The impact of (counter-)terrorism on public (in)security in Nigeria: a vernacular analysis

Oyawale, Akinyemi (2018) The impact of (counter-)terrorism on public (in)security in Nigeria: a vernacular analysis. Doctoral thesis, University of East Anglia.

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Abstract

In Nigeria, the ongoing conflict between the state and insurgents has resulted in widespread insecurity, primarily in the Northeast. While much has been done on explaining the insurgency, very little has been done to address non-elite understanding of both phenomena in non-institutional settings. To achieve this aim, this study asks: How do various publics in Nigeria understand and discuss (counter-)terrorism? What are the implications of these understandings for security?

Drawing on four months of critical ethnographic field work on Internally Displaced Persons at camps in Northern Nigeria, this study collected data primarily via forty-one in-depth interviews, participant observation, and field notes. Using discursive psychological analysis, the study examines how various publics in Nigeria construct their various versions of the Self, Other, terrorism and counterterrorism and how they position themselves within talk (and text). The thesis provides an original, in-depth analysis of public understandings and constructions of (counter-)terrorism, which offers a rich understanding of both Boko Haram and Nigerian counterterrorism. It captures what people’s knowledge is about the security project and how they understand, interpret, support, reformulate and sometimes resist the ongoing security project.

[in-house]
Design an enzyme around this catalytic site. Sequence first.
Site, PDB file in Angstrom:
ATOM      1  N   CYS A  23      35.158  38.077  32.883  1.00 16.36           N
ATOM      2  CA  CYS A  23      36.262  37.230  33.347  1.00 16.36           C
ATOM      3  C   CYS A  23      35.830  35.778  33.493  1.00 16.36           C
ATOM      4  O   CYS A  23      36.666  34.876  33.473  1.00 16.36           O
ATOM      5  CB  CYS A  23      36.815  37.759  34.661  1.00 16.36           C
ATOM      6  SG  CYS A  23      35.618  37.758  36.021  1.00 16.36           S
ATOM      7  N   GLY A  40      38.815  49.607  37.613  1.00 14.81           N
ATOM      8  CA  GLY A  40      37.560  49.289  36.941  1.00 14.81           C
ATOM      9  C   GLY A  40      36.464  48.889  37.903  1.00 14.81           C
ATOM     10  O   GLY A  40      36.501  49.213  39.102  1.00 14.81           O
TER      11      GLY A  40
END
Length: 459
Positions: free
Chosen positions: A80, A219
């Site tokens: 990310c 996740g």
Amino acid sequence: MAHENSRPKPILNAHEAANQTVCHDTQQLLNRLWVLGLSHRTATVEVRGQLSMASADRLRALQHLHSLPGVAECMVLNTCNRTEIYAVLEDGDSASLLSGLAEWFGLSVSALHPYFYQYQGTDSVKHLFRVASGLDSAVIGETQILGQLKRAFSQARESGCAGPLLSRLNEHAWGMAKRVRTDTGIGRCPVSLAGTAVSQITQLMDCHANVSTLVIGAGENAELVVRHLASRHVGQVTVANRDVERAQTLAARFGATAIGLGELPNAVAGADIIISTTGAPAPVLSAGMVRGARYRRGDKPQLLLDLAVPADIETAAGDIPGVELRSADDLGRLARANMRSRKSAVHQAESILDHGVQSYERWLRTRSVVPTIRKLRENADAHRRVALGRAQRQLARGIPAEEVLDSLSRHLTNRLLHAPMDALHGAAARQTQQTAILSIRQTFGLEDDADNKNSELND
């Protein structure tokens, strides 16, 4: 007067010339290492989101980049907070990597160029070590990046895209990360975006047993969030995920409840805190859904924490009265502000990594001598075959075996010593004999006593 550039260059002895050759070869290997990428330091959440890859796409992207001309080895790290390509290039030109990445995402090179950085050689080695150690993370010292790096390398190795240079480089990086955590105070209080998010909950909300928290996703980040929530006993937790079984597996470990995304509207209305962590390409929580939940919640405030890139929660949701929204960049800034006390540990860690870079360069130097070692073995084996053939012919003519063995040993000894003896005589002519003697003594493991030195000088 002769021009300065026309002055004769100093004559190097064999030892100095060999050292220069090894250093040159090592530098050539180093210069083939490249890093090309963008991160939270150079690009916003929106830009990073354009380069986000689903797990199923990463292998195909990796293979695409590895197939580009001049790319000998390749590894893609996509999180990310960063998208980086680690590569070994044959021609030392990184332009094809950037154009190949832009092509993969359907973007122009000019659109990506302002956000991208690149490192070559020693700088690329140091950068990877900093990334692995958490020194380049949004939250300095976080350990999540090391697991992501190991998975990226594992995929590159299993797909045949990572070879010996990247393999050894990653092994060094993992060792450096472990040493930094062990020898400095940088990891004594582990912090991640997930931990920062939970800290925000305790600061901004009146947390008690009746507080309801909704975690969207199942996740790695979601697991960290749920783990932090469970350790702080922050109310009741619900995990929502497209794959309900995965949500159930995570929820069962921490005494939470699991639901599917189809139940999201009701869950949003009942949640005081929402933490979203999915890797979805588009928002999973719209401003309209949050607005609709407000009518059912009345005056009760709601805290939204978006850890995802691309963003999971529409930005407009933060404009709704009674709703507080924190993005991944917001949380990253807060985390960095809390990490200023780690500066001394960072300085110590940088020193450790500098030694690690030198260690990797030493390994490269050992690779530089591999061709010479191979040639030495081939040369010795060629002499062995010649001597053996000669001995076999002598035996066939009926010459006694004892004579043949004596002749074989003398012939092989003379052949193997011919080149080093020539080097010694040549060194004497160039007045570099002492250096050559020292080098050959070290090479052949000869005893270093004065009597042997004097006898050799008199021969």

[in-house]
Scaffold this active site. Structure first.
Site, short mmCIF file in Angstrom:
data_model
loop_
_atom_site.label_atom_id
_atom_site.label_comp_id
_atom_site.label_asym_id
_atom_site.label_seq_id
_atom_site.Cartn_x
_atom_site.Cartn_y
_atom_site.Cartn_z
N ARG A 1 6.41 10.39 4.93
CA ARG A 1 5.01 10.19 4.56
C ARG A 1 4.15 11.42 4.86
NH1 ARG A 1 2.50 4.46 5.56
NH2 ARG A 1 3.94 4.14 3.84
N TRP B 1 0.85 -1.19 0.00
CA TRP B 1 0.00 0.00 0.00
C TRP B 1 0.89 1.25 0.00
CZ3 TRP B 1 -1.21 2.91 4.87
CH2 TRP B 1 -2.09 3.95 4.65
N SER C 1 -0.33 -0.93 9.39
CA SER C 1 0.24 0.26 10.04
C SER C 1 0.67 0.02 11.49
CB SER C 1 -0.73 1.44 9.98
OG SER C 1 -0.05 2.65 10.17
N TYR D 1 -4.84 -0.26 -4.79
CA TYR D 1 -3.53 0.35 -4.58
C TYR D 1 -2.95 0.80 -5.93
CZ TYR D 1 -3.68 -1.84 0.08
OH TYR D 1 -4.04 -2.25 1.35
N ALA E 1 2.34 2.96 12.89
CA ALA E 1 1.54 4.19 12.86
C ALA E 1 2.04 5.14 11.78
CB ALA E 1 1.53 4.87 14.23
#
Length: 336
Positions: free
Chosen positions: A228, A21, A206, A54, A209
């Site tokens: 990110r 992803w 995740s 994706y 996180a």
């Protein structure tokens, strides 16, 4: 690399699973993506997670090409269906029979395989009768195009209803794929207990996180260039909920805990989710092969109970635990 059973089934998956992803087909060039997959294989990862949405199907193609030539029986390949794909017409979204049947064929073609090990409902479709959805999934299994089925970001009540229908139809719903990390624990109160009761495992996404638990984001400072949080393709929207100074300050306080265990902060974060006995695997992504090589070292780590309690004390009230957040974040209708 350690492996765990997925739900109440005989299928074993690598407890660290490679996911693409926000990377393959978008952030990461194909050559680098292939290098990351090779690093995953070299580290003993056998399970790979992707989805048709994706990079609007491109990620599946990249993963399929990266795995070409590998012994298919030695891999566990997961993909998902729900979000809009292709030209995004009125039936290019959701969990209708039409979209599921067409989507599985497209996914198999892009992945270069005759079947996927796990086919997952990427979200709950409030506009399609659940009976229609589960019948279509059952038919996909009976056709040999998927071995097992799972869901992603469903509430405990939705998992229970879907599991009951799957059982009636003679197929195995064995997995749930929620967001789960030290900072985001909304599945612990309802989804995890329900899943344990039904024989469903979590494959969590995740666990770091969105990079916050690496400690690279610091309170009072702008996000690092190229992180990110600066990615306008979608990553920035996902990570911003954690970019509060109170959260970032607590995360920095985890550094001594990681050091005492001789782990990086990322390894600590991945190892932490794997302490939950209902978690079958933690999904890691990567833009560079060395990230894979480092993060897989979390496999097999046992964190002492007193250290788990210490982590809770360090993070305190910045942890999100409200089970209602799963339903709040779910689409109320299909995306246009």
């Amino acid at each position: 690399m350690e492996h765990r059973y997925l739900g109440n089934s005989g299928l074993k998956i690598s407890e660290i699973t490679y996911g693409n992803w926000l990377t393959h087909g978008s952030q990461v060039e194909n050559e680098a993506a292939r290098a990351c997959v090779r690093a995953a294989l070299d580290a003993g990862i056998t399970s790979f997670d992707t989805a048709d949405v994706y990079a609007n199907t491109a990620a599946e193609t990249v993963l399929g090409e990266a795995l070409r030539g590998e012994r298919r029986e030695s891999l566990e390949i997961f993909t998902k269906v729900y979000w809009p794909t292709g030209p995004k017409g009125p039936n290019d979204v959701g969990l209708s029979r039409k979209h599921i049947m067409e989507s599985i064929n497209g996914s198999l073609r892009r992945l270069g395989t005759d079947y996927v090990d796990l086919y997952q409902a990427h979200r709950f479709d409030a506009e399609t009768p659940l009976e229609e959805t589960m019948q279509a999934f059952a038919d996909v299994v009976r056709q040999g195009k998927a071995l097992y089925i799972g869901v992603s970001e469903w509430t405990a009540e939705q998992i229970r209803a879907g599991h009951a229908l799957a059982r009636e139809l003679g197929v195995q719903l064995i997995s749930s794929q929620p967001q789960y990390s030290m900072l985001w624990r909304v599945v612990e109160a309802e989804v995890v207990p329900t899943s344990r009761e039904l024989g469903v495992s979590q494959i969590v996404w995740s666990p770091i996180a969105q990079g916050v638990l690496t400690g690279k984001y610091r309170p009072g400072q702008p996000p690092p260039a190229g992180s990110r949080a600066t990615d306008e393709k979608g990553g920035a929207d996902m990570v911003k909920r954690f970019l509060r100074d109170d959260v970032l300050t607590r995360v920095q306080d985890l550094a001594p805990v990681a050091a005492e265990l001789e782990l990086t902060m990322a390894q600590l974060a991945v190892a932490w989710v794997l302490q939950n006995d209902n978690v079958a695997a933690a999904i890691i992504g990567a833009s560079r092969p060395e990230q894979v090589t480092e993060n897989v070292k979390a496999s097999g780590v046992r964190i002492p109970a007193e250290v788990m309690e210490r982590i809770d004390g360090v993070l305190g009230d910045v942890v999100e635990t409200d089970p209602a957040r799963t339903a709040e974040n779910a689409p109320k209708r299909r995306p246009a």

Four overarching arguments are advanced. First, they construct Boko Haram and state violence as a game which has implications for normative evaluations thereof. Second, publics advance an identity-based discourse on (counter-)terrorism, suggesting that it is a form of identity domination by both state and non-state actors. Third, they also advance an interest-centred discourse which constructs (counter-)terrorism as interest-oriented and rationality-based, suggesting that it serves various economic interests. Public knowledge on (counter-)terrorism is therefore characterised by a competition between these two main discourses, i.e., the interest-based discourse and identity-based or ethno-religiously-oriented discourses. Four, publics argue that counterterrorism has focused on retaining political offices and maintaining political control over the country.

Item Type: Thesis (Doctoral)
Faculty \ School: Faculty of Arts and Humanities > School of Politics, Philosophy, Language and Communication Studies
Depositing User: Users 11011 not found.
Date Deposited: 18 Oct 2019 10:41
Last Modified: 18 Oct 2019 10:41
URI: https://ueaeprints.uea.ac.uk/id/eprint/72691
DOI:

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